I needed something desperately to jazz up the rather drab and old-fashioned three-piece suite that we were given as a freebie a few years back. It was from a house-clearance, and we were incredibly grateful to  have been given the nod over this suite as the one we had that the landlord put in for us had been slowly disintegrating for thirty odd years before we even got it. It’s wonderfully comfortable, with seats big enough to curl up in, and a sofa long enough to really stretch out on, but I have always felt it lacked a bit a zing and we’ve never really had the money handy for jazzing it up.

As it happened, my cushions didn’t stay there long. Oh no.

The big yin had a cub camp this weekend over Stonehouse way, and we had to drop him off at the Scout Training Centre on the Saturday morning, so off we pootled. It’s a rather lovely, largely ignored part of South Lanarkshire, just the sort of place I would like to have a wee cottage.


Disused viaduct near Larkhall

Disused viaduct near Larkhall




We were on our way home from dropping him off, and decided to have a wee noseyabout in the car, we weren’t really in a hurry to get anywhere and it was drying up to be another glorious day after some rain in the morning; it really was one of those gorgeous, clear late mornings where you could see miles and miles of gently rolling countryside, with the odd glimpse of the (reassuringly familiar) sprawl of Glasgow and the tower blocks of Motherwell when you reached the summits of some of the hills.

We were headed down a narrow country lane when I spied just ahead a hideous mess. Seriously, who are these people who just clear out their garage / shed / attic and, rather than take it to the dump (or, rather Civic Amenity Centre) decide to drive out to a lovely part of the countryside and just dump it at the roadside? Honestly, what goes on in these people’s heads?

I was tutting and muttering under my breath at the sight of the abandoned, broken and dilapidated junk (baby things, mostly – buggies and highchairs and those awful baby walker things you plonk them in and they invariably end up in A&E) AND THEN I SPOTTED IT!

“STOP THE JALOPY!” I shrieked.

(I didn’t, but, you know, poetic licence)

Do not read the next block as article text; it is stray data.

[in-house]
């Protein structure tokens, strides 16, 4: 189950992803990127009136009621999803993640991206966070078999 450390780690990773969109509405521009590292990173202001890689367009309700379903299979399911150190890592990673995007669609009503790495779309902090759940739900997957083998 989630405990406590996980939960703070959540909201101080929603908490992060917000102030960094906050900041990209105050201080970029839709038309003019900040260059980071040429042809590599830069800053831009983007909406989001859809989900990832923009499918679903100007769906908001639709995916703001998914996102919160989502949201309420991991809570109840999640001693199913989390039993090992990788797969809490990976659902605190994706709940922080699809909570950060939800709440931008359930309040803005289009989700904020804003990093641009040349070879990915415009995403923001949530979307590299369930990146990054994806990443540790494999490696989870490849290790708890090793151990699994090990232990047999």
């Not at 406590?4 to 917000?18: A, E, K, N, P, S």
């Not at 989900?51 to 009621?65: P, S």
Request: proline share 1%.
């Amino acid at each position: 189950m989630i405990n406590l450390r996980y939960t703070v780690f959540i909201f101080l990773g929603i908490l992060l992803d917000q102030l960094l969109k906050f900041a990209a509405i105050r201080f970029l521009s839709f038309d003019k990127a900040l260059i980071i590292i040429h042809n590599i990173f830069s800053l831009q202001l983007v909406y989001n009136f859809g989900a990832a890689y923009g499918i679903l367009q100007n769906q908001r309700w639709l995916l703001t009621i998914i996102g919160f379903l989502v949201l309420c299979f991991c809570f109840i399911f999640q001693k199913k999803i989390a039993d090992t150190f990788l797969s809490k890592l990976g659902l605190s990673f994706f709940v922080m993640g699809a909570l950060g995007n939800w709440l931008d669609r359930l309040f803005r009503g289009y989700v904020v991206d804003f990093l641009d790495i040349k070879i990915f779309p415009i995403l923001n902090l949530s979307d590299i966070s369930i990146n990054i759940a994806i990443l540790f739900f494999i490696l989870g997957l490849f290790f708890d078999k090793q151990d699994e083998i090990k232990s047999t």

I’d been looking for a wee chair to use downstairs, either in the living room or in the ‘void’ (a room/space between the kitchen and living room where the front door is that I haven’t told you about yet). Something small and neat enough to be easily moved between the two rooms, and upstairs occassionally as required; but a cosy chair suitable for crafting, supervising homework, or, if you are small of stature, daydreaming or curling up and reading comic books (notably, in this house, The Phoenix Comic).

And there it was, forlornly dumped alongside half of Babies ‘r’ Us, unloved and unwanted.

I knew the fly-tipping was recent, as it had been bucketing down that morning and yet the fabrics of the other goods underneath and beside the chair were bone dry, so it must have happened within the last hour. I quickly checked the general integrity of the chair (seat, legs, arms) and checked for signs of woodworm and any damage from maybe months spent in a damp shed; then happily jammed our new baby in the car boot. Then drove off at speed, lest the chap hurtling down the hill behind us thought it was us responsible for the fly-tip.

So….here we are, the great reveal and the umpteenth gifted / skipdived / found dumped in the wild item to grace our living room:





Isn’t he fabulous? You’ll notice a pile of wool in the background – I thought it would be a great chair to use for crochet as I can put it near the window and make the most of the natural light. Ha! Some hope. Fin has declared it ‘the ultimate gaming chair’ and, as you can see, this is now their favourite spot for Phoenix reading. Oh well….

For those wondering, I did immediately email the council to inform them of the fly-tipping. I am a responsible grown-up like that.

With the cushion covers and the Christmas gifts finished, I was itching to get onto something else and I have had my eye on the gorgeous cosy stripe blanket on the amazingly inspirational Attic 24 website for a fair few weeks now. I am so grateful to my friend Sarah who sent me a link to Lucy’s website when I first started on my crochet journey, it really is a joy to read. Whenever I’m feeling a bit down in the doldrums and in need of some cheer, Lucy and her gorgeous creations and the way she writes about her life never cease to make me smile. I think we all need a little Lucy in our lives!

Attic 24 Cosy Stripe Blanket (pattern and tutorial in link above)

Here it is shortly after starting. I am very aware that I don’t have Lucy’s fantastic eye for colour and, at the moment, I am being very cautious about my choices and should perhaps be throwing caution to the wind a bit more. I was very happy with the colours at this point – I have done a few more rows now and I must admit I am feeling a little uneasy that mine is too clashing now I have worked more primary and secondary colours in. But we shall see – this is only a teensy fraction of what will be a single bed sized blanket / throw so I think it is probably far too early to speculate or, indeed, worry. There’s far too much worry in this world without me adding to it.

Well, well, well, would you look at that? Yet another hour set aside for blogging where I had in my head what I was going to blog about and then ran out of time on the preamble. This post was going to be about hunkering down for the winter and the mental recalibration that involves, but that will have to wait until next time, where I also hope to show you an update of the cosy stripe blanket.

Until next time!